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Small Biz Accounting Tips, Nov2014
November 10, 2014
Good Morning!

Hello small business owners!

Well, Halloween is over, and we're all looking forward to Thanksgiving - parades, football, turkey, pumpkin pie...suddenly I'm hungry. Anyway, where has all the time gone? Soon it'll be Christmas and New Years. Are you ready to close the year on your small business books? In this months newsletter we're going to talk about some issues to think about as the year draws to a close.

So let's get started!


Can you take the Home Office deduction?

Do you run your business out of your home?

Even if you do your work at the customers place of business or someone's home, if you don't have an actual store or office, you can claim the home office deduction, under certain conditions. If that's where you do your paperwork, keep files and/or inventory or equipment, if you greet customers there, if you take phone calls there, etc., you can claim a portion of your home for the home office deduction.

The IRS allows you to deduct certain expenses - a portion of rent, electric and heat, internet, phone costs - as a business expense. You take the area you use for business, if it's a whole room or part of a room or even your garage, calculate it's percentage of your total home square footage, and use that percentage of your home costs.

Starting last year, though, there is a Simple Option you can use as well - you use a standard deduction of $5 per square foot of your home used for business - up to 300 square foot.

The IRS requires that you be able to prove that you use the space regularly for business, and that it's used as your principal place of business.

If you have any doubts on your situation, ask your tax preparer, or send me an email. I'm a tax preparer myself.

Speaking of home offices, do you want to check out some cool home office setups? I came across this the other day, not sure how I stumbled upon it, but it's kind of fun:

Buying gifts for employees or business associates? I found this great catalog and website you might want to check out. It has a lot of nice items at nice prices. I've been shopping here for several years. Before the website it was a catalog sent out to businesses. Now anyone can shop there. It's called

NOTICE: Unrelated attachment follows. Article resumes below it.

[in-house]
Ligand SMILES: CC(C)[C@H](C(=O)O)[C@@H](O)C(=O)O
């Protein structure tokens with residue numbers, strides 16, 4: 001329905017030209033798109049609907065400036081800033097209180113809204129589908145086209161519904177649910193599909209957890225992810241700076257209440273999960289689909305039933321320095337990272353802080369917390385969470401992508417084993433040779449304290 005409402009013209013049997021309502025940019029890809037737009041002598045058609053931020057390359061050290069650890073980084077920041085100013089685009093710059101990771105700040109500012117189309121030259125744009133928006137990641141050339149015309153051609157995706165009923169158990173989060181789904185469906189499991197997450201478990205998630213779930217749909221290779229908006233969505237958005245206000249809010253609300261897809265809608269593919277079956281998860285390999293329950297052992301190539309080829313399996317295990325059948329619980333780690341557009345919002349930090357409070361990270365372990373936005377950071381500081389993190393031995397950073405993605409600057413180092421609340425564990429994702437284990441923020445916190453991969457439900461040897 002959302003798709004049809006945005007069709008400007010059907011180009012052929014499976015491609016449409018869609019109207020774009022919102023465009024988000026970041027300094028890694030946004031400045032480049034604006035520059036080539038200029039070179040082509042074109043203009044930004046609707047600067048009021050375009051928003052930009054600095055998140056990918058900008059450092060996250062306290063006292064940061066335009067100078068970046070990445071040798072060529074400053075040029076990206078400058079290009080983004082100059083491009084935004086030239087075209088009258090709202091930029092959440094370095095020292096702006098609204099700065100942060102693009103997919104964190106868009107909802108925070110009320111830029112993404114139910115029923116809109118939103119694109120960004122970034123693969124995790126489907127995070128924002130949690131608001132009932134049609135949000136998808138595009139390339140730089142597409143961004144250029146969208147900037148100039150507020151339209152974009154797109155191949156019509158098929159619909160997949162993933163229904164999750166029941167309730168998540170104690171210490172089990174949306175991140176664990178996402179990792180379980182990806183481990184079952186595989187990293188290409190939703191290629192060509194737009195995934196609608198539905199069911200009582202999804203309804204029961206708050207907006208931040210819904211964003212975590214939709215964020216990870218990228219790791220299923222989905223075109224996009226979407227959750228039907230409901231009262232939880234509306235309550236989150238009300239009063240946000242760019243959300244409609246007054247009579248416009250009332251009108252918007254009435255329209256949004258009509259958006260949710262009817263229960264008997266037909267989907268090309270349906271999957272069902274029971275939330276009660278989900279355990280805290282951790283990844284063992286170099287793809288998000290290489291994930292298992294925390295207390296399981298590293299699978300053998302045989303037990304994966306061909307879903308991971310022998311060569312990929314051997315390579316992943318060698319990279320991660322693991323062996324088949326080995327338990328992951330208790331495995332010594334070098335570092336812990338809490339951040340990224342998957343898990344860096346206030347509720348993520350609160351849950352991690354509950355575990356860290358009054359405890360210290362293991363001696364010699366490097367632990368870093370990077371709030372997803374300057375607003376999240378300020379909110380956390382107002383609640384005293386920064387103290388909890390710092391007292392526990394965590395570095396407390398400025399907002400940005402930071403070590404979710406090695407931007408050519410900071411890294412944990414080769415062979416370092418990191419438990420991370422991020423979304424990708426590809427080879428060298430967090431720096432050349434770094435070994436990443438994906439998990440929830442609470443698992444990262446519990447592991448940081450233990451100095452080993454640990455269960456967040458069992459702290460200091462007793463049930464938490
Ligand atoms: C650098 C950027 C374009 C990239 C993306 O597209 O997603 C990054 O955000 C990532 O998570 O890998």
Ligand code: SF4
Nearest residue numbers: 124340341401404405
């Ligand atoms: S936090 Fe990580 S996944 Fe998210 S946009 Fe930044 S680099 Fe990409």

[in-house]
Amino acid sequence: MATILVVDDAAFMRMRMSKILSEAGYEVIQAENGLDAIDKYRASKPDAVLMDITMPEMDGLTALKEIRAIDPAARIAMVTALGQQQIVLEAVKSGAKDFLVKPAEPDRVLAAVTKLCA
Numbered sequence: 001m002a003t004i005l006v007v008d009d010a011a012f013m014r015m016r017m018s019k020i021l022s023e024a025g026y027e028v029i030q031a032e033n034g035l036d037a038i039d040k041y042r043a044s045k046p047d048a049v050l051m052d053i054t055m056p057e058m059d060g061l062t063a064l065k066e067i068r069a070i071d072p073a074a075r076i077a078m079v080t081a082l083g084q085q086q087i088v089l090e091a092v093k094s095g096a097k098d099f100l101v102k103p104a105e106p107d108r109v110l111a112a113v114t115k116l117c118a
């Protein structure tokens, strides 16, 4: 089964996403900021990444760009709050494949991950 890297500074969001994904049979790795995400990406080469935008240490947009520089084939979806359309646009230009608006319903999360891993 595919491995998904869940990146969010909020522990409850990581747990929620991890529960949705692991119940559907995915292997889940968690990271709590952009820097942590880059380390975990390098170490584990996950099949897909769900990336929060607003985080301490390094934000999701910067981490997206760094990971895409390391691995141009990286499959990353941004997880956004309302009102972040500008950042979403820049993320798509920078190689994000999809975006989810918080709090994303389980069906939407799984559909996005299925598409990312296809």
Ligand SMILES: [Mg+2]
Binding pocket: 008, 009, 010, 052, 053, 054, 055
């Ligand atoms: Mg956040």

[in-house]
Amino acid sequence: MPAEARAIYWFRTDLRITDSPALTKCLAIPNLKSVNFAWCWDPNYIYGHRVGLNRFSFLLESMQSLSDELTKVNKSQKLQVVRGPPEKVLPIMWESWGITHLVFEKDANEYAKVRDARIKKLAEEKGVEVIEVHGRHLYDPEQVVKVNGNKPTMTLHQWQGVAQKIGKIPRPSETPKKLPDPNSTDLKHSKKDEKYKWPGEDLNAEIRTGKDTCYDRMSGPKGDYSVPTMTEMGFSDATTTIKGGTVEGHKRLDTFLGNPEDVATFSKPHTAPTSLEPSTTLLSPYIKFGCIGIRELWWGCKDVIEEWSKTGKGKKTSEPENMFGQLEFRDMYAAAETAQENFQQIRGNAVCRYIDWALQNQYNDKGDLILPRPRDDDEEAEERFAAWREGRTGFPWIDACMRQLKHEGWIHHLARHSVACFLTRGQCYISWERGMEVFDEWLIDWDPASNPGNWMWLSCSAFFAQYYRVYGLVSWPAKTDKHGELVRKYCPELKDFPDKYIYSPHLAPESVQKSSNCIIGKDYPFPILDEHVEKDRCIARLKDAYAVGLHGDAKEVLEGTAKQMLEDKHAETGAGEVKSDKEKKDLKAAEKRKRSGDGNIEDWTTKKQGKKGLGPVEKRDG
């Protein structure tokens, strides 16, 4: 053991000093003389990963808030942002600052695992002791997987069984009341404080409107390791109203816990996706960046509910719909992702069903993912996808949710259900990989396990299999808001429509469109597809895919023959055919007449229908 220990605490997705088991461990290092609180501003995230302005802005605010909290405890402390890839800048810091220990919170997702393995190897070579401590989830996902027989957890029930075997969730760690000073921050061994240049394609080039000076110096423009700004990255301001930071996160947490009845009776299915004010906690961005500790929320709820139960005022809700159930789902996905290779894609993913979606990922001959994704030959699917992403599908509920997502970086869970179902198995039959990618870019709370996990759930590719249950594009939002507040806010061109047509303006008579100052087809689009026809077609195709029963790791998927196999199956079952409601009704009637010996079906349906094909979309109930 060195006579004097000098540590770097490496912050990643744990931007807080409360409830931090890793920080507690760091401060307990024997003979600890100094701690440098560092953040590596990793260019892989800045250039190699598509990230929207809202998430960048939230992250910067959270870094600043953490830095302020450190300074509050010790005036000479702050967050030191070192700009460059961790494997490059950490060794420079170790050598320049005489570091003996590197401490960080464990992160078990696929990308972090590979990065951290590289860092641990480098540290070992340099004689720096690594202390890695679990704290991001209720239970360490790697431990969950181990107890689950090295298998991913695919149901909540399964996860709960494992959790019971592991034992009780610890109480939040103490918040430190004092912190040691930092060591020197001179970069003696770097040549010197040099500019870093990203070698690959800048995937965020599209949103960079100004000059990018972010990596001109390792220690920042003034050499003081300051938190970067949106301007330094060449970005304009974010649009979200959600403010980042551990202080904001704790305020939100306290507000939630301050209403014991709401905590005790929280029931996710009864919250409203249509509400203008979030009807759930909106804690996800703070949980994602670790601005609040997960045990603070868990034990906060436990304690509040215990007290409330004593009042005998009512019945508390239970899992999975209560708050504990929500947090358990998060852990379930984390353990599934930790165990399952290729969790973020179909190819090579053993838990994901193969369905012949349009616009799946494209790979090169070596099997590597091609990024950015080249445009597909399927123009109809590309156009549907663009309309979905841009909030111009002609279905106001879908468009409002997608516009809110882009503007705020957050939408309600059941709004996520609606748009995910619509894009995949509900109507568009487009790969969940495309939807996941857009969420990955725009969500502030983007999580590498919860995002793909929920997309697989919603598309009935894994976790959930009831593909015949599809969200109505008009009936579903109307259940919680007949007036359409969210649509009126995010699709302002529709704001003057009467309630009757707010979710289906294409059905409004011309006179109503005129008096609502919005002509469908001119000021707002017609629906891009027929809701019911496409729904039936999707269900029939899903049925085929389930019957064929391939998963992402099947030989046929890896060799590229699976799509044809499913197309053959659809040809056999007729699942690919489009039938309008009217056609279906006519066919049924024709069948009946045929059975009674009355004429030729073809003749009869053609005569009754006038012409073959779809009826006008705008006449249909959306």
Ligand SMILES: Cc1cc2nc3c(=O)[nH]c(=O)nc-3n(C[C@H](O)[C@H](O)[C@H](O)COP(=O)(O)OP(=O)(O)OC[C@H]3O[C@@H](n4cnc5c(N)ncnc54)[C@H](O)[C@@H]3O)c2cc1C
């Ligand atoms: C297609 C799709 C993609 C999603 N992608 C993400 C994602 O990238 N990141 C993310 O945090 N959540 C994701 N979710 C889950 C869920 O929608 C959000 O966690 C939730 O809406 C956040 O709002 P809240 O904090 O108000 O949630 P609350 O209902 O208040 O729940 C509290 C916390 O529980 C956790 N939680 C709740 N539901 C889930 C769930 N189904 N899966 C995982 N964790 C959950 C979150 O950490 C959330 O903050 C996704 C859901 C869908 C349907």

LTD Commodities.

Journal Entries for Year End Activities

Are you thinking of purchasing company calendars or other promotional products like pens or mugs to give your employees / vendors / customers? You would post that cash disbursement to “Advertising Expense” because they have your company info on them and the products are meant to reinforce your biz presence and even to bring in new sales. You would post the entry like this:

Debit:Advertising Expense....$250

Are you going to give small gifts to your employees? Or maybe to large customers? You might buy gift baskets, or turkeys, or get gift cards.

There are a few ways to do this, but I usually post gift purchases journal entries like this:

Debit: Office Expense.....$400
Credit: Checking Account.............$400

Year End Cash Flow Planning.

Have you gone thru the calculations yet? Do you know if you have cash to buy employee gifts or make that equipment purchase before year end?

Go thru the process of forecasting out the last weeks of the year, and place your expected income as cash in, and list out all the bills you plan on paying as cash out. For more details on the process of Cash Flow Analysis,

click here.

Using Promotional Items

If you have some extra funds available this time of year, think about giving promotional items out to your customers and vendors as a ‘thank you’ for all they do for your business.